Last week I tore off a quick post about $2 bills and strip clubs. The article that I referenced had come out three weeks earlier and I’d been meaning to blog about it, but kept putting it off. (I have a backlog of blog topics, many of them moldy news items.)

The reason I didn’t blog about the article was because I didn’t have a compelling story to go with it. Sure, it’s cool that strip clubs are impacting the economy in such a newsworthy way, but that wasn’t enough. I kept rereading the article until inspiration struck and I wrote my speculative little post. I look for the connecting points in a lot of things and this one I wrote about.

Good thing I think the way I do.

My post attracted the attention of $pread Magazine’s editor, Audcia Ray, and she contacted me to do a short news item for them along the lines of my post. She contacted me on Tuesday and wanted the 500-1000 word piece by the weekend. I gave myself a deadline of Friday afternoon and set to work. She helped (a lot) by editing the content of my post and by asking specific questions that needed answered.

I worked the piece over until I’d achieved a reasonable journalistic tone and had narrowed down the specific information I needed to fill in my gaps. The Internet helped, as always. I called Burch Management to ask my questions. The rep who took my call was extremely helpful and provided the background I needed. I finished the article and submitted the final draft Thursday afternoon. It was approved and will run in the upcoming issue, due out in January. (It’s 650-700 words.)

How I wrote the article is nothing new. Any freelance writer can tell the same tale, and probably with more drama. The process of turning a conversational blog piece into a journalistic news item was a new process to me and I feel I learned a few new things. (Whether the lessons stick is another matter.) That’s only of interest if you like writing.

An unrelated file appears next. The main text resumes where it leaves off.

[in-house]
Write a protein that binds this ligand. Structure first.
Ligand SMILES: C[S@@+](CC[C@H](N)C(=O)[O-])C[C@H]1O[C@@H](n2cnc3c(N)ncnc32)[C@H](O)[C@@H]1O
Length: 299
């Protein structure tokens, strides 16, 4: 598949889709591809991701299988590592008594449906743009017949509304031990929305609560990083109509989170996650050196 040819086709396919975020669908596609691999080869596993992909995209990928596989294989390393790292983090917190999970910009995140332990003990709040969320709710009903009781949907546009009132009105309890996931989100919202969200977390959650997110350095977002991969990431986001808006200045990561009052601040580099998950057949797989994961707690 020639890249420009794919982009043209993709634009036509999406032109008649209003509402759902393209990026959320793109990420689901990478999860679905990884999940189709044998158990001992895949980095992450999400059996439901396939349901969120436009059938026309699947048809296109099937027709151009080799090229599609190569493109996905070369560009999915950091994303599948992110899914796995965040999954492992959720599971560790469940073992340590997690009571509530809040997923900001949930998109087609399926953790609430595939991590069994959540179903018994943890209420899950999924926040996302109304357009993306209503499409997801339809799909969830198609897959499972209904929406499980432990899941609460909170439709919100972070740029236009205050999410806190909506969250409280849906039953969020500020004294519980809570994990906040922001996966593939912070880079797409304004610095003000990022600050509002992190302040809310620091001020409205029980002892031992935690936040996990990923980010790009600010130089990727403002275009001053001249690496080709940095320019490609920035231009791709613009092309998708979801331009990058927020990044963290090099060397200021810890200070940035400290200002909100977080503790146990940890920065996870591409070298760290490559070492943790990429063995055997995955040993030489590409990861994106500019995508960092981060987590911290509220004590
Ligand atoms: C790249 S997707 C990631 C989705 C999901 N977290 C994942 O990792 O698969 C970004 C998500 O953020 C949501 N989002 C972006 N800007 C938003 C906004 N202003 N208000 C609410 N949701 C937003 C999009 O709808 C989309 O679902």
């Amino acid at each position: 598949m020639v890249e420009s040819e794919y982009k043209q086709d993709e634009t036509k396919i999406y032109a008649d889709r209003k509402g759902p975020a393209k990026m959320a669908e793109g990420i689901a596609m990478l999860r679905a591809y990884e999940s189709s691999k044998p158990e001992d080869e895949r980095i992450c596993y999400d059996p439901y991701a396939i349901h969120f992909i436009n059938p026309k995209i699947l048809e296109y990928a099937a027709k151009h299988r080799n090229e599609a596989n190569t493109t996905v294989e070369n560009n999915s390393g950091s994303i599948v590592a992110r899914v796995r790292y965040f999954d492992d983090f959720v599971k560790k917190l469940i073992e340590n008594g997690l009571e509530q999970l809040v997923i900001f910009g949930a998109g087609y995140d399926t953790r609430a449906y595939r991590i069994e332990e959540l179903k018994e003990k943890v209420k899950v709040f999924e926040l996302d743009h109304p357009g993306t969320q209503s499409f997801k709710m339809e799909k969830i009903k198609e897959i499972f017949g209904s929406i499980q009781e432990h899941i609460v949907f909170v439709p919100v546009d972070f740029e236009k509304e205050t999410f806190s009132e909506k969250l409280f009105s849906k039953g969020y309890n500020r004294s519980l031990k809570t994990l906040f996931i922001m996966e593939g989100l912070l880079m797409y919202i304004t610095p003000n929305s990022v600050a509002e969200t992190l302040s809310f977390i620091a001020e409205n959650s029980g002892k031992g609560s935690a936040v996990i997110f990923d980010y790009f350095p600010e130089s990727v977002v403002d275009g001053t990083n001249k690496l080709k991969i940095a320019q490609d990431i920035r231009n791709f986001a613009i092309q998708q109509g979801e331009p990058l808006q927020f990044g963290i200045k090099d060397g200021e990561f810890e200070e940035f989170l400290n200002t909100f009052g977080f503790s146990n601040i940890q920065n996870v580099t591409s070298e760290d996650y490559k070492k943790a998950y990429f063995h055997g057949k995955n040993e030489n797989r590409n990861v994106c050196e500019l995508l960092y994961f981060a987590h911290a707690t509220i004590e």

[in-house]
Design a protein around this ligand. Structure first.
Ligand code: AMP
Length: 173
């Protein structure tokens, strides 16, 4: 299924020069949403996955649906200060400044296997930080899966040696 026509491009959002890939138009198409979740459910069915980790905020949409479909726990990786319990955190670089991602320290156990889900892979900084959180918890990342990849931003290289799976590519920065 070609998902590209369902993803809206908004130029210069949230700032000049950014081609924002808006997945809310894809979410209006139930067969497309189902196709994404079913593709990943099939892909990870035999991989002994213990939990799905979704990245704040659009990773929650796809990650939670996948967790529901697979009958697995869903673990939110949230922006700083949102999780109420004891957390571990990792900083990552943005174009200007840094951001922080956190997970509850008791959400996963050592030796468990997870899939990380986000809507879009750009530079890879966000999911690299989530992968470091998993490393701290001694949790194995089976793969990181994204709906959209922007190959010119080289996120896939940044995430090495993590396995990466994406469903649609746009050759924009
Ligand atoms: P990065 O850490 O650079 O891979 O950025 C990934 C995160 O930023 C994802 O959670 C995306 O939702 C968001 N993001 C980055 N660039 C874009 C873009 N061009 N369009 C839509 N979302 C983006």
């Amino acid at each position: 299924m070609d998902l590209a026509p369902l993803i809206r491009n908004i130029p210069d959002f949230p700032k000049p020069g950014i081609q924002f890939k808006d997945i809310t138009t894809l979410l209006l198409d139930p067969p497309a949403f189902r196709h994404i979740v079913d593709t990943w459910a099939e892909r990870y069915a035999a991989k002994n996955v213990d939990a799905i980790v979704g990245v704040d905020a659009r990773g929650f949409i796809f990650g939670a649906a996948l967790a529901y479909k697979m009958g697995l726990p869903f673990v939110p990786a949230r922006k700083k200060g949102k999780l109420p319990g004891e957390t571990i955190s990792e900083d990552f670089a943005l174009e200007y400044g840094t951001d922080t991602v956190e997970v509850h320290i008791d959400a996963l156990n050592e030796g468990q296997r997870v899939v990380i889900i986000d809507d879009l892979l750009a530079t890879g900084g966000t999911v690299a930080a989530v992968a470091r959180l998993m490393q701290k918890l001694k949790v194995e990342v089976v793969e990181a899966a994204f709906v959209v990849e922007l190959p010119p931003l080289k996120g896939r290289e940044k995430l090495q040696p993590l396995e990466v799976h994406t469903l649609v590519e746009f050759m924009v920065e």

The reason I’m reporting this, other than self-congratulations, is because this would not have happened without the Internet. More specifically, it would not have happened without the benefit of RSS feeds.

I don’t believe Ms. Ray subscribes to my blog directly. But she uses feedreaders that search and filter feeds by her keywords (terms relating to sex and the adult industry). This makes it easy for her to find items of interest, like my blog post. Who knows how many writers/articles she’s found this way?

It’s one thing to read about all this stuff (like in my daily SEO blog reading), it’s another thing to see it in action and actually be affected by it. You know, the whole “I never believed it could happen to me…” sort of thing. I’m sure this happens to professional writers all the time. I know bloggers have gotten book deals from their blogs. I’m just amazed for myself. Of all the things I’ve expected from this blog, this didn’t enter the equation. Not that I’m complaining!

This is the first time I’ve been officially published in a print publication. (One time something I said in an anonymous sex survey was printed in Glamour magazine, but I’m not claiming that credit. Another time a short essay and some poems were printed in my college’s version of a literary magazine.) I’m very proud. It’s nice to have confirmation that my speculations weren’t all in my imagination.

This is a nice moment.

4 thoughts on “a “first time” story

  1. Amanda,

    That’s very cool. Congratulations. Hopefully its jut the beginning of things to come your way.


  2. I read the previous blog you posted about the $2 bill tipping in Dallas. I have personally never experienced this anywhere in Texas or Las Vegas but think it’s a smart move (even though changing them out is a pain). It’s like the chips people use to gamble in Vegas… it’s a disconnected way to represent your money therefore you part with it faster! Though I worked at one of the Burch properties a long time ago I never got to experience the $2 bill tips. I wish!
    Congrats on the writing opportunity!

  3. LVC,

    Thanks! The issue with the article in it should be coming out this month, I think.

    When did you dance at the Burch clubs? Which ones? If it was Cabaret, they didn’t use $2 bills.

    And you’re right, disconnnecting the customer’s mind from his “real” money makes him spend it faster!

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